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1 Burnside Economics- General

The Company of Strangers: A Natural History of Economic Life (Revised Edition)

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The Company of Strangers: A Natural History of Economic Life (Revised Edition) Cover

 

Synopses & Reviews

Publisher Comments:

"No one, economist or civilian, could turn the pages of this book without spotting, time and again, some unexpected and arresting idea that really wants to be thought about. Paul Seabright takes the evolutionary point of view seriously and asks how human institutions make social life possible at all, especially when the many people on whom we depend for our subsistence are strangers. From biology to banking, it is a lively landscape."--Robert M. Solow, Institute Professor Emeritus, Department of Economics, Massachusetts Institute of Technology, and Nobel Laureate in Economic Sciences

"For too long, economists have been talking only to each other. Paul Seabright's achievement is to locate economics firmly in the mainstream of modern intellectual life, and to do so with style and verve."--John Kay, author of The Truth about Markets, columnist for the Financial Times

"The Company of Strangers is a gem--an undiluted delight to read. It addresses some of the most central problems of social science with compelling arguments, lightly worn rigor and erudition, and utterly jargon-free language. Seabright has an amazing eye for the telling detail, whether drawn from fiction, biology, social science or current news. I can think of no better introduction to the problem of social order-how is it possible?"--Jon Elster, Robert K. Merton Professor of Social Science, Columbia University, author of Alchemies of the Mind and Ulysses and the Sirens

"The division of labor among strangers is humankind's most momentous invention, on which all modern society depends. Yet since Adam Smith pointed this out in 1776, the question of how such relations between strangers are possible has continued to puzzle us. Now Paul Seabright deepens, adjusts, and extends the idea in the light of what we now know from psychology, genetics, and economics about human motives. Drawing on an extraordinary breadth of study, he explains how, unique among species, we found ourselves with a nature that equipped us to build this division of labor and so come to treat strangers as honorary friends."--Matt Ridley, author of Nature Via Nurture and The Origins of Virtue

"Fascinating. If you really want to understand who we are today, and how we make a living, read The Company of Strangers to learn how, some 200, 500, even 140,000 years ago, we grew and evolved--in rather amazing ways."--Shlomo Maital, author of Executive Economics: Ten Essential Tools for Managers

Synopsis:

"No one, economist or civilian, could turn the pages of this book without spotting, time and again, some unexpected and arresting idea that really wants to be thought about. Paul Seabright takes the evolutionary point of view seriously and asks how human institutions make social life possible at all, especially when the many people on whom we depend for our subsistence are strangers. From biology to banking, it is a lively landscape."--Robert M. Solow, Institute Professor Emeritus, Department of Economics, Massachusetts Institute of Technology, and Nobel Laureate in Economic Sciences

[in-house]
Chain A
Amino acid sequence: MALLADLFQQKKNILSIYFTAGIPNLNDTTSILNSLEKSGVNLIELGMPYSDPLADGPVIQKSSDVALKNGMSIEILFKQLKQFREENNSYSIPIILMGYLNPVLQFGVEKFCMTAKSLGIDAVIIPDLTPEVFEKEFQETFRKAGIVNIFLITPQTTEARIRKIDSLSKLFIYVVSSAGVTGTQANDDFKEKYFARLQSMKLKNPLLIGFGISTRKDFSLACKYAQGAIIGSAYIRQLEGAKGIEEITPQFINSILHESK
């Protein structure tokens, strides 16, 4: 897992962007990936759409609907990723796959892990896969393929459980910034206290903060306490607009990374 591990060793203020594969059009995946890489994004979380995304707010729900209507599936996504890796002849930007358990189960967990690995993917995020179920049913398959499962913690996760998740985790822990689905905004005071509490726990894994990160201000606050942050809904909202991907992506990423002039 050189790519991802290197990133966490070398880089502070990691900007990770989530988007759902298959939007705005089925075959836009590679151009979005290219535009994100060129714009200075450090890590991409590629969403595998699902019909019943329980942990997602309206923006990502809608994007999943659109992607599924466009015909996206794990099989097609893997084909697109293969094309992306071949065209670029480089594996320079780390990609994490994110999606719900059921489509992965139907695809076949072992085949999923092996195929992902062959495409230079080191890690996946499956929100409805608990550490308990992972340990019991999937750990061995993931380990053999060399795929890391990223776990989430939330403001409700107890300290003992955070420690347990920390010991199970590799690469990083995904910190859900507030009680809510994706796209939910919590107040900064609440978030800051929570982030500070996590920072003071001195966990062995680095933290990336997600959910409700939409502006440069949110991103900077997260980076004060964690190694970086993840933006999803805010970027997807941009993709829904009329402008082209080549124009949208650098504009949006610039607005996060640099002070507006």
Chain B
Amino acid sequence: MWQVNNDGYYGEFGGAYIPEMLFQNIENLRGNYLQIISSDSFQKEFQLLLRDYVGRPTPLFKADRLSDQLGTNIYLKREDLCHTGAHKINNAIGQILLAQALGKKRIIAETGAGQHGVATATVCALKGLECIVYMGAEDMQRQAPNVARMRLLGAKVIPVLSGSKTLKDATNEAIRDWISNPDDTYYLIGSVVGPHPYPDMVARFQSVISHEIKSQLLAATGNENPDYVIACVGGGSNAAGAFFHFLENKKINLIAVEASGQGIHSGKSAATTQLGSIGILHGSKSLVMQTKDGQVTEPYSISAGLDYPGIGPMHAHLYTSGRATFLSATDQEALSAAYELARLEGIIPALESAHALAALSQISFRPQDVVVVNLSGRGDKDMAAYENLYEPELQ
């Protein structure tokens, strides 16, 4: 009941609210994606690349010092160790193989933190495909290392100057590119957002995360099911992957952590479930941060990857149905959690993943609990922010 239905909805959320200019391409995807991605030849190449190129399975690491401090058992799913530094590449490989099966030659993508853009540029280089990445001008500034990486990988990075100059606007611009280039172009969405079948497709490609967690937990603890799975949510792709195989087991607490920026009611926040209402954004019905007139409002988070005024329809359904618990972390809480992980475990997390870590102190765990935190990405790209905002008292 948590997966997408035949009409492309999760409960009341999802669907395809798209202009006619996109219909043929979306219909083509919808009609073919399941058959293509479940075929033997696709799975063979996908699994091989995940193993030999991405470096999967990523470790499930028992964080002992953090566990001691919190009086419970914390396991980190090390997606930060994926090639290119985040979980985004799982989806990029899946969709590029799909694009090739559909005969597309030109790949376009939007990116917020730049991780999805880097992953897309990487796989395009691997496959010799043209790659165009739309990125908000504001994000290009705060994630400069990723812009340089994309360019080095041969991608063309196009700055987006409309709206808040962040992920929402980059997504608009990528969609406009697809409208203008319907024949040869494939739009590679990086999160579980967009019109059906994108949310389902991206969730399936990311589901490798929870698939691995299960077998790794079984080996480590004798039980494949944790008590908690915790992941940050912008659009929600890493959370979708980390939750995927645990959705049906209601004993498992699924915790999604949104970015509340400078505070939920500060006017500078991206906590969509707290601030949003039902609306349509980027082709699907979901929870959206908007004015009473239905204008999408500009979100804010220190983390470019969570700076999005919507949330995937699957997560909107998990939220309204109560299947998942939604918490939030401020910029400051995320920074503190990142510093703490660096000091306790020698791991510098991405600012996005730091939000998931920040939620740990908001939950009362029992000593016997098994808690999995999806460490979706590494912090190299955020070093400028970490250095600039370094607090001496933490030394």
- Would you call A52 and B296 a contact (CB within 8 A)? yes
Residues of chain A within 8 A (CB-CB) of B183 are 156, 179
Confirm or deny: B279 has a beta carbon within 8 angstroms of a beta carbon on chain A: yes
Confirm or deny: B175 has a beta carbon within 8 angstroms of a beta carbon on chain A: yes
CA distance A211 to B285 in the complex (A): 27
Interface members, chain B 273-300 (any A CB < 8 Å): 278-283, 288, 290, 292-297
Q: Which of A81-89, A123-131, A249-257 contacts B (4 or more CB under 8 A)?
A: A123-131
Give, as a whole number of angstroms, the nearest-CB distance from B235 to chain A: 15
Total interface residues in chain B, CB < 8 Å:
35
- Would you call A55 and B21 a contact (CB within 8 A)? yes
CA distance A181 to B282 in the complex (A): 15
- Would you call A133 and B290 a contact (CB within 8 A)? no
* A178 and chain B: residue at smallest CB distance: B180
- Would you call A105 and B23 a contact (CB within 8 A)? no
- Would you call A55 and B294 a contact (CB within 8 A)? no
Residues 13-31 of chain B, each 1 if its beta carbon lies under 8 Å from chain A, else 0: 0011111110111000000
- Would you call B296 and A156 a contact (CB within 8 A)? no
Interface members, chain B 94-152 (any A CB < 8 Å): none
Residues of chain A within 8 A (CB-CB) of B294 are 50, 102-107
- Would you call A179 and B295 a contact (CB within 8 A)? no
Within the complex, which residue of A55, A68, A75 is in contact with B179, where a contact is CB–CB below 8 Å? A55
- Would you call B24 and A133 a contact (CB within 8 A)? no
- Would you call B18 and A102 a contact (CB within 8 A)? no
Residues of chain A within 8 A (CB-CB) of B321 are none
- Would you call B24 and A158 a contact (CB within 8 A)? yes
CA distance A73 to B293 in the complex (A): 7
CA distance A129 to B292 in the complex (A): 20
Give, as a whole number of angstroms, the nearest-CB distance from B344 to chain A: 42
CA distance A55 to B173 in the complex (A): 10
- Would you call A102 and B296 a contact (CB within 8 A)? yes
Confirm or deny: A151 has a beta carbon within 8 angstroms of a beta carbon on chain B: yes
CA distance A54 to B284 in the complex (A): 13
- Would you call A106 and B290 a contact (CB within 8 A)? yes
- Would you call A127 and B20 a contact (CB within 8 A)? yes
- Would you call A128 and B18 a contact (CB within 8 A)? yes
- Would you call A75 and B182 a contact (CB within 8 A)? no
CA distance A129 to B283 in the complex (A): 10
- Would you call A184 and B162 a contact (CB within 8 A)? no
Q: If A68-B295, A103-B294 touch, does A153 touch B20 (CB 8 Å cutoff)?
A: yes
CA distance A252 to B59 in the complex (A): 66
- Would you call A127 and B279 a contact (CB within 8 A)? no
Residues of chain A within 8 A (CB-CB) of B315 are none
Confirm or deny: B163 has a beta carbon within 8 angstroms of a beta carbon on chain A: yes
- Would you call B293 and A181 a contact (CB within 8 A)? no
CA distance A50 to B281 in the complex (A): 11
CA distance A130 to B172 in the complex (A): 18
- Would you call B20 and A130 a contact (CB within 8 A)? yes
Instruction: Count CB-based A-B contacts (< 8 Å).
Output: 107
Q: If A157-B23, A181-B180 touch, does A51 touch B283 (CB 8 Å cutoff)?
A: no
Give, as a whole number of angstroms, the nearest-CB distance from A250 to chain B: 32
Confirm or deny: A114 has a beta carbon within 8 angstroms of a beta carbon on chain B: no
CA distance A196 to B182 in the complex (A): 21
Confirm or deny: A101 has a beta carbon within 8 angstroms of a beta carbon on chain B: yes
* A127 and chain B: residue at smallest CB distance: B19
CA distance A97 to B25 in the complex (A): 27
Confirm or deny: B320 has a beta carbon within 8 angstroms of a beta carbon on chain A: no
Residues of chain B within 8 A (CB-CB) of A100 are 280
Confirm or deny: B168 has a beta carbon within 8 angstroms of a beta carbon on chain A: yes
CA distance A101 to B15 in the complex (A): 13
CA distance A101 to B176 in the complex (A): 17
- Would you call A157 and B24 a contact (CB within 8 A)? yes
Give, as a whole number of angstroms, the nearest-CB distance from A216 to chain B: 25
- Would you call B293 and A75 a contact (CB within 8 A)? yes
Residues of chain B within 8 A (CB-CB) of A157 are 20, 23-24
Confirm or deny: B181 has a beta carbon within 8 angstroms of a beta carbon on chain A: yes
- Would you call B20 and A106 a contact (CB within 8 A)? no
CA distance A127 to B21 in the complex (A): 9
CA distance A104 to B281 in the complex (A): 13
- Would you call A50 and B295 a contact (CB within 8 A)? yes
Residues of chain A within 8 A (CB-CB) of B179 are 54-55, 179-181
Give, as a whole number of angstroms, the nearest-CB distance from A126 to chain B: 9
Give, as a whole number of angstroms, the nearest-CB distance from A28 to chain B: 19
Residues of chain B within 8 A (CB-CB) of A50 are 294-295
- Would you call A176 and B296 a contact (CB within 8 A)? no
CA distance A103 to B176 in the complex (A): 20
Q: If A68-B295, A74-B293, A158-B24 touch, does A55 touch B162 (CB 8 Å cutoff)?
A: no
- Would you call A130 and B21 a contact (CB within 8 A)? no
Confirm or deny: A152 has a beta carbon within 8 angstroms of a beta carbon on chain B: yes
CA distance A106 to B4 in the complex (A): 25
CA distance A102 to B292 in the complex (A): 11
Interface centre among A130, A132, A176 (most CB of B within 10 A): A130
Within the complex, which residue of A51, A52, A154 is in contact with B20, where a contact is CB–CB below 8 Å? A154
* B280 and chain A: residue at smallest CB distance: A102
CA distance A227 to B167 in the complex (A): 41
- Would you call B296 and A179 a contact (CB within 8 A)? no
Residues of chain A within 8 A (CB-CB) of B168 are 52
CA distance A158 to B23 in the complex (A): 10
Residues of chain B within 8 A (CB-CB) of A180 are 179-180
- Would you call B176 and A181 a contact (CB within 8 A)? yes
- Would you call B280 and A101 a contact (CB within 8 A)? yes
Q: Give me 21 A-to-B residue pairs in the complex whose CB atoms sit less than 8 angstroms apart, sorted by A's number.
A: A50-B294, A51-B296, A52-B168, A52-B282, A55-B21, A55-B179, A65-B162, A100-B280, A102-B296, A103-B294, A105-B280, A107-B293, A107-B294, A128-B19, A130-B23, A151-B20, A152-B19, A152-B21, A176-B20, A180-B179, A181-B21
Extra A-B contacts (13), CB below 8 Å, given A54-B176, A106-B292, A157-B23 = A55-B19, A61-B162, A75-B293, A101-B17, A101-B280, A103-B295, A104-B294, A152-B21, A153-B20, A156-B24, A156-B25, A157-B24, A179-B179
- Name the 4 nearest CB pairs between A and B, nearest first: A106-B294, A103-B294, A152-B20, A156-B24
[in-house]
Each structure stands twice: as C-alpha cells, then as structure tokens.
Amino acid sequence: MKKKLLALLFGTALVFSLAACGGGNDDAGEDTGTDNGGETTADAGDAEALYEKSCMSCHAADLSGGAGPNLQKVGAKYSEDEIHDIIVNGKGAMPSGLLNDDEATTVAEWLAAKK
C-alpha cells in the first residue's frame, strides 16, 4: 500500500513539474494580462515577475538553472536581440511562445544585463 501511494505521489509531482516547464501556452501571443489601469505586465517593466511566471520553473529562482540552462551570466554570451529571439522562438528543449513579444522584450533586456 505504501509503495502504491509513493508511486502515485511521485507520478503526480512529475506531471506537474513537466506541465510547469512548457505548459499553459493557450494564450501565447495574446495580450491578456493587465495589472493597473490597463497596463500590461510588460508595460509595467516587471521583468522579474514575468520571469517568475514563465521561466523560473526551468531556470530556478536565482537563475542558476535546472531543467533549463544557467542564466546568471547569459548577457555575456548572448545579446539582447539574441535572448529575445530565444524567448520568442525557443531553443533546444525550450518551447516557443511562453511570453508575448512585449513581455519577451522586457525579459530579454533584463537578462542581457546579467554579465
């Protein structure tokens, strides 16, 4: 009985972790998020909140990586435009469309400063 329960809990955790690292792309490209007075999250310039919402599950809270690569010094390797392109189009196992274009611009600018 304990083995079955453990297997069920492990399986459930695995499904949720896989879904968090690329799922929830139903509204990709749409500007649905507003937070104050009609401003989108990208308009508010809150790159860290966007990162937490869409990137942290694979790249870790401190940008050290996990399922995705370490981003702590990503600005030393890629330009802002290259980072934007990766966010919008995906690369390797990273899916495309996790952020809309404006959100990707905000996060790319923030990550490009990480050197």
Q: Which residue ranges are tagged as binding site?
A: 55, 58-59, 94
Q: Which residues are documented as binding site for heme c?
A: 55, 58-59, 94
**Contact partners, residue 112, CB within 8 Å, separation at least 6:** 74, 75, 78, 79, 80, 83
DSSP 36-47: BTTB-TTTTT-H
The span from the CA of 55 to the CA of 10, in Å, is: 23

"For too long, economists have been talking only to each other. Paul Seabright's achievement is to locate economics firmly in the mainstream of modern intellectual life, and to do so with style and verve."--John Kay, author of The Truth about Markets, columnist for the Financial Times

"The Company of Strangers is a gem--an undiluted delight to read. It addresses some of the most central problems of social science with compelling arguments, lightly worn rigor and erudition, and utterly jargon-free language. Seabright has an amazing eye for the telling detail, whether drawn from fiction, biology, social science or current news. I can think of no better introduction to the problem of social order-how is it possible?"--Jon Elster, Robert K. Merton Professor of Social Science, Columbia University, author of Alchemies of the Mind and Ulysses and the Sirens

"The division of labor among strangers is humankind's most momentous invention, on which all modern society depends. Yet since Adam Smith pointed this out in 1776, the question of how such relations between strangers are possible has continued to puzzle us. Now Paul Seabright deepens, adjusts, and extends the idea in the light of what we now know from psychology, genetics, and economics about human motives. Drawing on an extraordinary breadth of study, he explains how, unique among species, we found ourselves with a nature that equipped us to build this division of labor and so come to treat strangers as honorary friends."--Matt Ridley, author of Nature Via Nurture and The Origins of Virtue

"Fascinating. If you really want to understand who we are today, and how we make a living, read The Company of Strangers to learn how, some 200, 500, even 140,000 years ago, we grew and evolved--in rather amazing ways."--Shlomo Maital, author of Executive Economics: Ten Essential Tools for Managers

Synopsis:

The Company of Strangers shows us the remarkable strangeness, and fragility, of our everyday lives. This completely revised and updated edition includes a new chapter analyzing how the rise and fall of social trust explain the unsustainable boom in the global economy over the past decade and the financial crisis that succeeded it.

Drawing on insights from biology, anthropology, history, psychology, and literature, Paul Seabright explores how our evolved ability of abstract reasoning has allowed institutions like money, markets, cities, and the banking system to provide the foundations of social trust that we need in our everyday lives. Even the simple acts of buying food and clothing depend on an astonishing web of interaction that spans the globe. How did humans develop the ability to trust total strangers with providing our most basic needs?